Finally, let’s go over the various types of small business loans for bad credit. Keep in mind, even if you think your credit score is too low, you may still qualify for a term loan or an SBA loan—it doesn’t hurt to try. That said, if your score really is too low, one of these may be your best option:

  • Collateralized Loan: One way to offset a bad credit score in securing business financing is to offer the lender something as collateral. Invoice financing, for example, is something you may qualify for if you are unable to cover business expenses while waiting for outstanding invoices to be filled. Equipment financing is a good way to finance a piece of equipment for your business, and it puts the equipment itself up as collateral until you pay it off.
  • Short-Term Loan: Short-term loans have the familiar structure of traditional loans, but on a shorter schedule and typically with a higher interest rate. Generally, these loans are repaid in daily or weekly ACH payments within 3-18 months.
  • Merchant Cash Advance: Merchant cash advances are what most people think of when they hear the term “fast cash.” You are given a lump sum of cash up front, which you then repay with a set percentage of your future sales—typically through your daily credit card sales. That means you don’t have a set repayment schedule and pay more when business is doing well—and less when it’s not. However, be aware that this type of financing is very expensive and does interrupt your usual cash flow.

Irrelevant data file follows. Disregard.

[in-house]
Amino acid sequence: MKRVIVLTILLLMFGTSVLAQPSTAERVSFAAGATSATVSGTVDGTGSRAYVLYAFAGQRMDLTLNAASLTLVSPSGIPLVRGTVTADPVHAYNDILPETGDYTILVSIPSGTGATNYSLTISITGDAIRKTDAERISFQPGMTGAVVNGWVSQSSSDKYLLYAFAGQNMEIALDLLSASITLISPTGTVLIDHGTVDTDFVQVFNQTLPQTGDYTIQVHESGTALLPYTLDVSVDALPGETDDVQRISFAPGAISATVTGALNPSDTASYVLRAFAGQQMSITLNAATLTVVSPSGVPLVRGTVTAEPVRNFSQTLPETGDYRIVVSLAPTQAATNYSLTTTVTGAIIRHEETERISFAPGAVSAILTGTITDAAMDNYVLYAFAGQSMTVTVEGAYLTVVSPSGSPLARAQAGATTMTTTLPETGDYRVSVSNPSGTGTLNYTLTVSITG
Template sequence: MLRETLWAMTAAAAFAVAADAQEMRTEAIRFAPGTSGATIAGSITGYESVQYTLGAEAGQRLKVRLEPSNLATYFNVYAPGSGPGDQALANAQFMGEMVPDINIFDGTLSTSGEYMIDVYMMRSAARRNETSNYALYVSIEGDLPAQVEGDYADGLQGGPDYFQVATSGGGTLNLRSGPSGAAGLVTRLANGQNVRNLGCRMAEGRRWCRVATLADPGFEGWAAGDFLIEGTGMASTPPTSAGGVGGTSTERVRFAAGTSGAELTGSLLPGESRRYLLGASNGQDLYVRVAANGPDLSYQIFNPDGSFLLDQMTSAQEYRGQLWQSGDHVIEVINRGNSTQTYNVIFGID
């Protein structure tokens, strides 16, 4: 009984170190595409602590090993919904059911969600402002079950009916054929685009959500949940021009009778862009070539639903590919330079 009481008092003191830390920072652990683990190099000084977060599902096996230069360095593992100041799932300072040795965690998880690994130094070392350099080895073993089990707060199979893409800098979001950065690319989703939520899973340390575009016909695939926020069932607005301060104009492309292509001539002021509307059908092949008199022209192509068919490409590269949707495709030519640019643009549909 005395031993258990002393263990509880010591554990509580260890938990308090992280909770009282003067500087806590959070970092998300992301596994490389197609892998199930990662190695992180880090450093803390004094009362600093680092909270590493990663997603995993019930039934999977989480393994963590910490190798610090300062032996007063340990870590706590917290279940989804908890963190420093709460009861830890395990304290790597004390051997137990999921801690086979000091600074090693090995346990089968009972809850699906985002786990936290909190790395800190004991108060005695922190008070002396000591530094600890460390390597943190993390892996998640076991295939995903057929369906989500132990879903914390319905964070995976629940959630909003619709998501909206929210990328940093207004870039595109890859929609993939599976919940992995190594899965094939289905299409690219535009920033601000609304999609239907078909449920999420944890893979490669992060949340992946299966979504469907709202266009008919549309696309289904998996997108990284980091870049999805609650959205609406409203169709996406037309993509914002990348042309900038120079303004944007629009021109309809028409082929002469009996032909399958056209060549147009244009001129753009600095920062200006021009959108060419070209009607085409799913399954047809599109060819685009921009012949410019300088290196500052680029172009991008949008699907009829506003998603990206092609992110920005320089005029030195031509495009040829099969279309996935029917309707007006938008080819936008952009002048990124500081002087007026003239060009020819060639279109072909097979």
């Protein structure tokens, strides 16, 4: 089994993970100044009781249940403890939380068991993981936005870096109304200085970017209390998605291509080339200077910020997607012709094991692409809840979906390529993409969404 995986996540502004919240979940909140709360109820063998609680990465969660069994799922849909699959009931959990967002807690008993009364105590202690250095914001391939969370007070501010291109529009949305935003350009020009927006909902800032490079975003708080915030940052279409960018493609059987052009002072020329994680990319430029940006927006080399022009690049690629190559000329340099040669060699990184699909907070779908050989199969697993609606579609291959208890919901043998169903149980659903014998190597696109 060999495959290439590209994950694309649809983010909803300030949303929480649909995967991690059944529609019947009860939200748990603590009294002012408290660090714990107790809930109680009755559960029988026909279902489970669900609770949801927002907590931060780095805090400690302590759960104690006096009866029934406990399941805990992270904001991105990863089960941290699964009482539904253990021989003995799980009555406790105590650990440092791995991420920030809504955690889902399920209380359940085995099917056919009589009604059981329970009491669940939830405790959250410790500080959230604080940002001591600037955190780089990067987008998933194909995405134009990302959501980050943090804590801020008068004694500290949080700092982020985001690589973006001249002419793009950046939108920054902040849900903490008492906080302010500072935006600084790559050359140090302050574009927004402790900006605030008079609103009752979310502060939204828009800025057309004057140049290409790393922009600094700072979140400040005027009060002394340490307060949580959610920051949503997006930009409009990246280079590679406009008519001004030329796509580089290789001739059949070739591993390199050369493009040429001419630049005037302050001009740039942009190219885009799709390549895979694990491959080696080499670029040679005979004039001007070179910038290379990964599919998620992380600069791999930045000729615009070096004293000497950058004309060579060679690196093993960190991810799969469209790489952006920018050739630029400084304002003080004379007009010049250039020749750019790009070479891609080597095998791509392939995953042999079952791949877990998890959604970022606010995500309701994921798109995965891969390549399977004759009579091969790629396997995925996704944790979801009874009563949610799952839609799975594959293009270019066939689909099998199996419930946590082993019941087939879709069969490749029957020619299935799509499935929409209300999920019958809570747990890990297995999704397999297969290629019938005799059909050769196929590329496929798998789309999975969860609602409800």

Qualifying for a business loan with bad credit is tough, but not impossible. If you want to improve your credit score before you attempt a loan application, start now. Pay all your bills on time, build up your bank balance, get a business credit card to help you build credit, and continue monitoring your score. Keep plugging away and you’ll get there!

If you need help sorting through your personal finances to help you prepare financial for success as a small business owner, contact a nonprofit financial coach today!